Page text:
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Hibbard, Benjamin Horace, 1870-1955 / The history of agriculture in Dane County, Wisconsin
(1904)

Chapter VI: Land values,   pp. 192-202 PDF (2.3 MB)


Page 199


HIBBARD-HISTORY OF AGRICULTURE IN DANE COUNTY. 199
this land averaged less than seventeen dollars per acre, while in
five of the towns where land was high, only 1,046 acres changed
hands, but the price was more than forty-five dollars per acre.
The average taken within a single town means little enough, but
when the average involves towns lying in districts so unlike as
the tobacco section and the dairy section of Dane county, the
vagueness of the result is obvious. rn reality the prices of land
in both these sections advanced between the years i885 and 1887,
and it was the mere incident of many sales in the one and
few in the other that gave the appearance of decline. In i890
the sales were well distributed among the towns. and the price was
approximately as in i885. Between i88o and 1885 there was
much excitement over tobacco growing. and choice land for that
purpose sold for one hundred dollars an acre. During the last half
of the '8o's the tobacco business experienced a relapse, and this
accounts for the small number of sales in that district, while at
the same time the interest in dairying continued, and in conse-
quence there was a marked movement in lands suitable for that
purpose. A general averge conceals these facts and appears to
show a decline in all land values.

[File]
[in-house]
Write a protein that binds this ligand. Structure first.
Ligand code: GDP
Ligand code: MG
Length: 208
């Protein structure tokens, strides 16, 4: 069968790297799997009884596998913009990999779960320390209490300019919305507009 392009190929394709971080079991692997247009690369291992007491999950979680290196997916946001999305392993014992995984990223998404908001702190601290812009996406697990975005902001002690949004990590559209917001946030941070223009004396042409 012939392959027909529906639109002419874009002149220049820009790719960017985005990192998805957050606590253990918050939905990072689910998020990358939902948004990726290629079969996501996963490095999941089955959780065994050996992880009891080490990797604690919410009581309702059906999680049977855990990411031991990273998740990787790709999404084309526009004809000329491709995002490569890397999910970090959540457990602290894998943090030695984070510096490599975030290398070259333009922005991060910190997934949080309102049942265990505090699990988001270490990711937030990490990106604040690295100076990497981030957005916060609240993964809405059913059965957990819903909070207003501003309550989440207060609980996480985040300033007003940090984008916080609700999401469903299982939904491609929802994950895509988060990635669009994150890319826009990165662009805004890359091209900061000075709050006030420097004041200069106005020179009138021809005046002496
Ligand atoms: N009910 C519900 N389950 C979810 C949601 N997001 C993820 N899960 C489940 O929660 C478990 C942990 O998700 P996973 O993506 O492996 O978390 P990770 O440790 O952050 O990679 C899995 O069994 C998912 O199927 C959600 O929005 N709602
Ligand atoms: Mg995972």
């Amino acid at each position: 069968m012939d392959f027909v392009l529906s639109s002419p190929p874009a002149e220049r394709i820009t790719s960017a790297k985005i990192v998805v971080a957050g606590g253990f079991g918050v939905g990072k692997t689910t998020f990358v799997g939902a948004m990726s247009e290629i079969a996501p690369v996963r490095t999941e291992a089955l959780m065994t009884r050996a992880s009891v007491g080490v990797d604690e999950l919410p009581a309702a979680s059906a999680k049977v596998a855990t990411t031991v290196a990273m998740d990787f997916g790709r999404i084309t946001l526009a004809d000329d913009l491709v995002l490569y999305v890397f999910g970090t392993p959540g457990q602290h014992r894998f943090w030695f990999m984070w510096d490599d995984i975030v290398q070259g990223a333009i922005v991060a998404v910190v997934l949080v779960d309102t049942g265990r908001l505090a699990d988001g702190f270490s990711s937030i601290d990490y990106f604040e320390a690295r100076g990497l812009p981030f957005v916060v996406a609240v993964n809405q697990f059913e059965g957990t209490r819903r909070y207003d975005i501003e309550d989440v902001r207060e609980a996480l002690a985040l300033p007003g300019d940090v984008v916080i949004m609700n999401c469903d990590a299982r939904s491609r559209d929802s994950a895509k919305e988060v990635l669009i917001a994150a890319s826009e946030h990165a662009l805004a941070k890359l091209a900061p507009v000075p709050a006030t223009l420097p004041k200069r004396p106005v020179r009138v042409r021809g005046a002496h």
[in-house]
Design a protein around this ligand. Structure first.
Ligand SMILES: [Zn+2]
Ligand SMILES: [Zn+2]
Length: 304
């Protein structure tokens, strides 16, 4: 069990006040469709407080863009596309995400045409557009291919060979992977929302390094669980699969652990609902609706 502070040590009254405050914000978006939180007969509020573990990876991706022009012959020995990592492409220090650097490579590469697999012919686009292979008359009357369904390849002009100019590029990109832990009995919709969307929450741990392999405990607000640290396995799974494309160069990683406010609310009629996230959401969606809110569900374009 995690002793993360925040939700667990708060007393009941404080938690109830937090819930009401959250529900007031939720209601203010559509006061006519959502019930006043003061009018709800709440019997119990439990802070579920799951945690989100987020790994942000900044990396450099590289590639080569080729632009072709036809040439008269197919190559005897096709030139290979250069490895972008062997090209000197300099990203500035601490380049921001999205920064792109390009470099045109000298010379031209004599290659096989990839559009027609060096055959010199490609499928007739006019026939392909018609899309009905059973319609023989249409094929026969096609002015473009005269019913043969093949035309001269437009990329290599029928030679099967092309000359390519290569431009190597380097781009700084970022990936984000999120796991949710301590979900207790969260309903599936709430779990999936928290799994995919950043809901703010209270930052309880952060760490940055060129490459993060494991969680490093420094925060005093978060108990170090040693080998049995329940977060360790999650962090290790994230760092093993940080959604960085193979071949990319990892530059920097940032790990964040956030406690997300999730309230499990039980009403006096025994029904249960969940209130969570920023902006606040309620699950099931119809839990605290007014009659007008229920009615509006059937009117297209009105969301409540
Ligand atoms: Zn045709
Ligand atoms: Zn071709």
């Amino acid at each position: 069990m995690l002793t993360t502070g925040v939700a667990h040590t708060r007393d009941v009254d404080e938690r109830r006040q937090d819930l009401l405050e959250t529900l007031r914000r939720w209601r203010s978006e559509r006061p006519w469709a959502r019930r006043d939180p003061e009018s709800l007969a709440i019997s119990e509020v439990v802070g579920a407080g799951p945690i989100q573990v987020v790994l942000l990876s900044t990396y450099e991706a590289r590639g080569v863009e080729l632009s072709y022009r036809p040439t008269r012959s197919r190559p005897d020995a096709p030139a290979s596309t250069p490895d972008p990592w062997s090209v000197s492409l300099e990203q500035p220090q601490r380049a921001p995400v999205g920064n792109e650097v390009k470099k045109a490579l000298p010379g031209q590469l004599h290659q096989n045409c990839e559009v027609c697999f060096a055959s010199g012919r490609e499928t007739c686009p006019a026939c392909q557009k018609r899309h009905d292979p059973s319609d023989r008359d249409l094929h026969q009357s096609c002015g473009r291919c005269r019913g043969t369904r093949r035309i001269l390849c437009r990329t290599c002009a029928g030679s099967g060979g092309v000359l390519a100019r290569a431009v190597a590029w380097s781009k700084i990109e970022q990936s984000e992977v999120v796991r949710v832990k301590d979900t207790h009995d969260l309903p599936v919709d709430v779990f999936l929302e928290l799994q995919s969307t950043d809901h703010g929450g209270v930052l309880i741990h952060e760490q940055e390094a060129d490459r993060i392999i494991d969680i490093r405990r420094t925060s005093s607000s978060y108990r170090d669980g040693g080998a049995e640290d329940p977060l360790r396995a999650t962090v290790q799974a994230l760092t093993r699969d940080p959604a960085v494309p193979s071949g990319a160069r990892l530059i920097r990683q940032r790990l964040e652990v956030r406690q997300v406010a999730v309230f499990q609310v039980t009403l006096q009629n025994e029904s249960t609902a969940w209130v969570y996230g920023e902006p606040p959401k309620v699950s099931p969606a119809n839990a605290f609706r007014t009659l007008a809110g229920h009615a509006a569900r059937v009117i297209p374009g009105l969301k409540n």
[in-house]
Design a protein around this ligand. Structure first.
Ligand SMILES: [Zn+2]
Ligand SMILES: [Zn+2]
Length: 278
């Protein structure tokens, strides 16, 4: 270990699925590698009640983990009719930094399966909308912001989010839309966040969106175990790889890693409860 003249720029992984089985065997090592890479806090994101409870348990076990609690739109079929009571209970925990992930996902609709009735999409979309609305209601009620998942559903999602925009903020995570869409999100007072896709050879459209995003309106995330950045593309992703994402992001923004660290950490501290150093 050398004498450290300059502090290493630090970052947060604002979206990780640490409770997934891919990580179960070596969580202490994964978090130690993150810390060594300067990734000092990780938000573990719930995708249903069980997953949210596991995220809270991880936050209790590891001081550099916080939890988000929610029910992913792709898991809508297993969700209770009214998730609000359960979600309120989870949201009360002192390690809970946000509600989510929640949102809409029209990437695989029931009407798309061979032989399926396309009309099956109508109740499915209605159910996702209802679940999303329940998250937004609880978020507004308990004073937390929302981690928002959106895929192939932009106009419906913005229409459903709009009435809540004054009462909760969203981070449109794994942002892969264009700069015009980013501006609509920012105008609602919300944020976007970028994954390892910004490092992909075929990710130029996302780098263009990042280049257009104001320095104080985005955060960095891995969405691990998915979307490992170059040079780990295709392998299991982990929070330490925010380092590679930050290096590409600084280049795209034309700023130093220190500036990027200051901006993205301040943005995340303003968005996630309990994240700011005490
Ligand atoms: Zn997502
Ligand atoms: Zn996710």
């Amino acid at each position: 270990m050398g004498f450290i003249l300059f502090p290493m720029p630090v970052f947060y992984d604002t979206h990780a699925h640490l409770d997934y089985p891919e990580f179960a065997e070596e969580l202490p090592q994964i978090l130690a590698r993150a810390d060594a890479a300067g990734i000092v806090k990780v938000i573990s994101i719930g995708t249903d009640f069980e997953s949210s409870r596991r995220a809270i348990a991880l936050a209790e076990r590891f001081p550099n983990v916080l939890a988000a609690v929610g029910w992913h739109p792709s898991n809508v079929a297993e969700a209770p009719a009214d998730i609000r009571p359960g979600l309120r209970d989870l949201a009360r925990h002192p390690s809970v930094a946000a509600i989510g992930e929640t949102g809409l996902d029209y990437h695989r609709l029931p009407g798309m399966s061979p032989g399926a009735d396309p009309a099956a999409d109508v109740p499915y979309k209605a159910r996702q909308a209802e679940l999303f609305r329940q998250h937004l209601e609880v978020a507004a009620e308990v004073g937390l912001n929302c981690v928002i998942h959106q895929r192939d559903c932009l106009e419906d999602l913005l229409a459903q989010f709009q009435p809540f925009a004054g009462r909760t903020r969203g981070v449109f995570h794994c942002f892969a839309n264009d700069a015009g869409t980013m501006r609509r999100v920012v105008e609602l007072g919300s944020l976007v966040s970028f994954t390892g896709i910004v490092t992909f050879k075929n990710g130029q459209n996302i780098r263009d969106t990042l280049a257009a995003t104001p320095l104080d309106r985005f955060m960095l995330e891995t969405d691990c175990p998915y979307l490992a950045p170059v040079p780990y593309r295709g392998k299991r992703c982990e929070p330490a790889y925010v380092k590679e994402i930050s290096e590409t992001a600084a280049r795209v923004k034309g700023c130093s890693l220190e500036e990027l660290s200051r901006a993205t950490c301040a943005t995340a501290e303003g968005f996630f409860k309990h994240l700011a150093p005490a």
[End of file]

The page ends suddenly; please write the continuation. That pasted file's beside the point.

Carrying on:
Coming to the latter part of the 'go's, we have some excellent
data on the subject of values. The Wisconsin State Tax Com-
mission has calculated the value of all property of the state, and
its method of computing farm values is no doubt as reliable as
any yet in use. They took the whole number of sales as reported
by the register of deeds for the years 1895 to I899, inclusive, and
after eliminating such as were obviously not bona fide sales, the
acres sold in each town were taken year by year and the rate per
cent. of assessment to selling price computed. This was done
for each town for each of the five years. Then an average rate
was struck for the period and with this ratio of assessment to sell-
ing price, or true value, and the total assessed value, the true
value of all land of the town was found, the process being merely
a case in simple proportion. With this elaborate process it turns
out that the average value of land for the entire county during the
five-year period is forty-seven dollars per acre. This, it will be
noticed, is a trifle higher than it would appear from the prices
based simply on the assumption that actual sales may be taken as
representative, but the difference between the two results is not


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